Thanksgiving Day is observed each year in the United States on the fourth Thursday in November. The observance is a time when families and friends gather and give thanks for many reasons, each often as different as each person who gathers around the table.
In 1621, the Plymouth colonists and Wampanoag Indians shared an autumn harvest feast that many acknowledge today as one of the first Thanksgiving celebrations in the colonies. For more than two centuries, days of thanksgiving were celebrated by individual colonies and states. However, it wasn’t until 1863, amid the Civil War, that President Abraham Lincoln proclaimed a national Thanksgiving Day to be held each November.
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In many American households, the Thanksgiving celebration has lost much of its original religious significance; instead, it now centers on cooking and sharing a bountiful meal with family and friends. The pilgrims may not have even served turkey that fateful day in 1621. Today, however, the bird is so ubiquitous, it has become synonymous with the holiday. In fact, nearly 90 percent of Americans eat the bird—whether roasted, baked or deep-fried—on Thanksgiving, according to the National Turkey Federation. Other traditional foods include stuffing, mashed potatoes, cranberry sauce, and pumpkin pie. Another common Thanksgiving tradition is volunteering to ensure everyone has a meal on the big day. Some communities often host food drives and free dinners for the less fortunate.
Parades are also an integral part of the holiday. Presented by Macy’s department store since 1924, New York City’s Thanksgiving Day parade is the largest and most famous, attracting some 2 to 3 million spectators along its 2.5-mile route and drawing an enormous television audience. It typically features marching bands, performers, elaborate floats conveying various celebrities and giant balloons shaped like cartoon characters.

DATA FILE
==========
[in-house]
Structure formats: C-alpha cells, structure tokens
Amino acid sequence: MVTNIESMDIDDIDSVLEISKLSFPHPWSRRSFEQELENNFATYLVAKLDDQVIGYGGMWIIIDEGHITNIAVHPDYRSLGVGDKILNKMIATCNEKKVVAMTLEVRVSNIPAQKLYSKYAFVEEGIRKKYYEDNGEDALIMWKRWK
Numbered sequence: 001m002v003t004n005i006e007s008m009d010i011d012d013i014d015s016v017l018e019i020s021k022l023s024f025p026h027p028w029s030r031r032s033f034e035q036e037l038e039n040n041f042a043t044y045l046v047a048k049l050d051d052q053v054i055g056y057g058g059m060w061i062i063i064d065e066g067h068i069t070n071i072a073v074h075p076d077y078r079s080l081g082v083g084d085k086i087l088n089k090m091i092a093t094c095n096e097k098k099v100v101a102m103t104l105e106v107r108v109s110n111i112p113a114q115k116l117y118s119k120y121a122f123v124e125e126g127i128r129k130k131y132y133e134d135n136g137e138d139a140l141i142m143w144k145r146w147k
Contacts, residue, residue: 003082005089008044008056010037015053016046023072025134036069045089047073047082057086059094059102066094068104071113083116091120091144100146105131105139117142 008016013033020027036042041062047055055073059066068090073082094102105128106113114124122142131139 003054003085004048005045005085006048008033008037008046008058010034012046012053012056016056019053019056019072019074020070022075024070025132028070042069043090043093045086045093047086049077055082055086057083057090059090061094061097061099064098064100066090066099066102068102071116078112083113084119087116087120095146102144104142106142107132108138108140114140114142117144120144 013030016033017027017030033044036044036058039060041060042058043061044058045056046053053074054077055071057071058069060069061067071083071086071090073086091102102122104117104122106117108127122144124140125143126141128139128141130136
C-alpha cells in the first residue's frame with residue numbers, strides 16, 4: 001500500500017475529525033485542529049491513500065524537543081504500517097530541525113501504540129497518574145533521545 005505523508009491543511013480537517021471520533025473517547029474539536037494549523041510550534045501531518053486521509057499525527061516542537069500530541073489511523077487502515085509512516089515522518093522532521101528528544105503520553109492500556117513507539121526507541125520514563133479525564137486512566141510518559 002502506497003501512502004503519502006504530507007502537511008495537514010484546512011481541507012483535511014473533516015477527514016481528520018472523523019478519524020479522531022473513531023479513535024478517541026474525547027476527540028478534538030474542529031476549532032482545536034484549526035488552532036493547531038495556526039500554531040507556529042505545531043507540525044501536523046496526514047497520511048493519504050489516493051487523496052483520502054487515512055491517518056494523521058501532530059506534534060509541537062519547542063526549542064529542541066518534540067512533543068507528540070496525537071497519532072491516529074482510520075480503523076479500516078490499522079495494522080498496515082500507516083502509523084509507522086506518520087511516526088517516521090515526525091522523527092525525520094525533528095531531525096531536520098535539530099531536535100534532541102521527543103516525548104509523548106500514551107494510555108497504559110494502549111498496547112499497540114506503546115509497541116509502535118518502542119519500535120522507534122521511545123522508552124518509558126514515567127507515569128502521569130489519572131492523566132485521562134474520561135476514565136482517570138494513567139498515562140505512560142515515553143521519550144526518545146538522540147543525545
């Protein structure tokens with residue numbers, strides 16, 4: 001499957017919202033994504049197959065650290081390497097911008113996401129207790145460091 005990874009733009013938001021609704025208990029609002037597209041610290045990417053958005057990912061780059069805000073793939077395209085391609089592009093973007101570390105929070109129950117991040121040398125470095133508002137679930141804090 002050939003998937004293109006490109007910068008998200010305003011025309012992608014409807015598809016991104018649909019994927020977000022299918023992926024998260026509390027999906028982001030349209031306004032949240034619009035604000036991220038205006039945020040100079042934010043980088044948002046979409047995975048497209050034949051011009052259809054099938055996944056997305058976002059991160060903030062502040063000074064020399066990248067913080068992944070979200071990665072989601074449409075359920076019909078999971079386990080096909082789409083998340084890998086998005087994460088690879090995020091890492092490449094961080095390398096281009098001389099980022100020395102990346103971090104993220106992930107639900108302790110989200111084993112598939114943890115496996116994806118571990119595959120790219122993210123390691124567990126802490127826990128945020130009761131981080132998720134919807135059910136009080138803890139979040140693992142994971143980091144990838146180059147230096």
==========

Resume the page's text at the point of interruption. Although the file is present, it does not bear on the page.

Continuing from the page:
Beginning in the mid-20th century and perhaps even earlier, the President of the United States has “pardoned” one or two Thanksgiving turkeys each year. sparing the birds from slaughter and sending them to a farm for retirement. Several U.S. governors also perform the annual turkey pardoning ritual, too.
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THANKSGIVING DAY HISTORY
In September 1620, a small ship called the Mayflower left Plymouth, England. The ship carried 102 passengers—an assortment of religious separatists seeking a new home where they could freely practice their faith and other individuals lured by the promise of prosperity and land ownership in the New World. After a treacherous and uncomfortable crossing that lasted 66 days, they dropped anchor near the tip of Cape Cod, far north of their intended destination at the mouth of the Hudson River. One month later, the Mayflower crossed Massachusetts Bay. Here, the Pilgrims, as they are now commonly known, began the work of establishing a village at Plymouth.
Throughout that first brutal winter, most of the colonists remained on board the ship. They suffered from exposure, scurvy, and outbreaks of contagious disease. Only half of the Mayflower’s original passengers and crew lived. When the remaining settlers moved ashore in March, they received an astonishing visit. An Abenaki Indian greeted them in English. Several days later, he returned with another Native American named Squanto.
Squanto, a member of the Pawtuxet tribe, had been kidnapped by an English sea captain and sold into slavery before escaping to London and returning to his homeland on an exploratory expedition. Squanto taught the Pilgrims, weakened by malnutrition and illness, how to cultivate corn, extract sap from maple trees, catch fish in the rivers and avoid poisonous plants. He also helped the settlers forge an alliance with the Wampanoag, a local tribe. The alliance would endure for more than 50 years. Tragically, it remains one of the sole examples of harmony between European colonists and Native Americans.